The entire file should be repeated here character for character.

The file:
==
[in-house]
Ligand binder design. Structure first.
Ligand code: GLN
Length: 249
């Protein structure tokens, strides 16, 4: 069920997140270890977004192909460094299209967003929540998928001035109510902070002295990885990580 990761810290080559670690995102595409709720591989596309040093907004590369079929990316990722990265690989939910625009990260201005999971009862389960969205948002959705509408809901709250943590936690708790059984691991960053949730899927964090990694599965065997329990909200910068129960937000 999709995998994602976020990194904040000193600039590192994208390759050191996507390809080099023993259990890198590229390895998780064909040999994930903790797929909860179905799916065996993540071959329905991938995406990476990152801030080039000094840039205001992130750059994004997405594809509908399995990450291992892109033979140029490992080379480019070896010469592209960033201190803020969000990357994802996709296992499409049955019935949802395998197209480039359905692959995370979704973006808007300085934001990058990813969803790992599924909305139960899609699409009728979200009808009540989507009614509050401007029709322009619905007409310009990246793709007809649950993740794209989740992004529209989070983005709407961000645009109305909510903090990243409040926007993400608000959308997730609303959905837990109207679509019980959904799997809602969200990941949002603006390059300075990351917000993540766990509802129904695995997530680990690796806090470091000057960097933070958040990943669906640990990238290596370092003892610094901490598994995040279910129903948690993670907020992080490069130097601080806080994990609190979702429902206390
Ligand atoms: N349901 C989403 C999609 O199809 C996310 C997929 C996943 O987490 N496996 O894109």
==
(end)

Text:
[in-house]
Ligand binder design. Structure first.
Ligand code: GLN
Length: 249
């Protein structure tokens, strides 16, 4: 069920997140270890977004192909460094299209967003929540998928001035109510902070002295990885990580 990761810290080559670690995102595409709720591989596309040093907004590369079929990316990722990265690989939910625009990260201005999971009862389960969205948002959705509408809901709250943590936690708790059984691991960053949730899927964090990694599965065997329990909200910068129960937000 999709995998994602976020990194904040000193600039590192994208390759050191996507390809080099023993259990890198590229390895998780064909040999994930903790797929909860179905799916065996993540071959329905991938995406990476990152801030080039000094840039205001992130750059994004997405594809509908399995990450291992892109033979140029490992080379480019070896010469592209960033201190803020969000990357994802996709296992499409049955019935949802395998197209480039359905692959995370979704973006808007300085934001990058990813969803790992599924909305139960899609699409009728979200009808009540989507009614509050401007029709322009619905007409310009990246793709007809649950993740794209989740992004529209989070983005709407961000645009109305909510903090990243409040926007993400608000959308997730609303959905837990109207679509019980959904799997809602969200990941949002603006390059300075990351917000993540766990509802129904695995997530680990690796806090470091000057960097933070958040990943669906640990990238290596370092003892610094901490598994995040279910129903948690993670907020992080490069130097601080806080994990609190979702429902206390
Ligand atoms: N349901 C989403 C999609 O199809 C996310 C997929 C996943 O987490 N496996 O894109």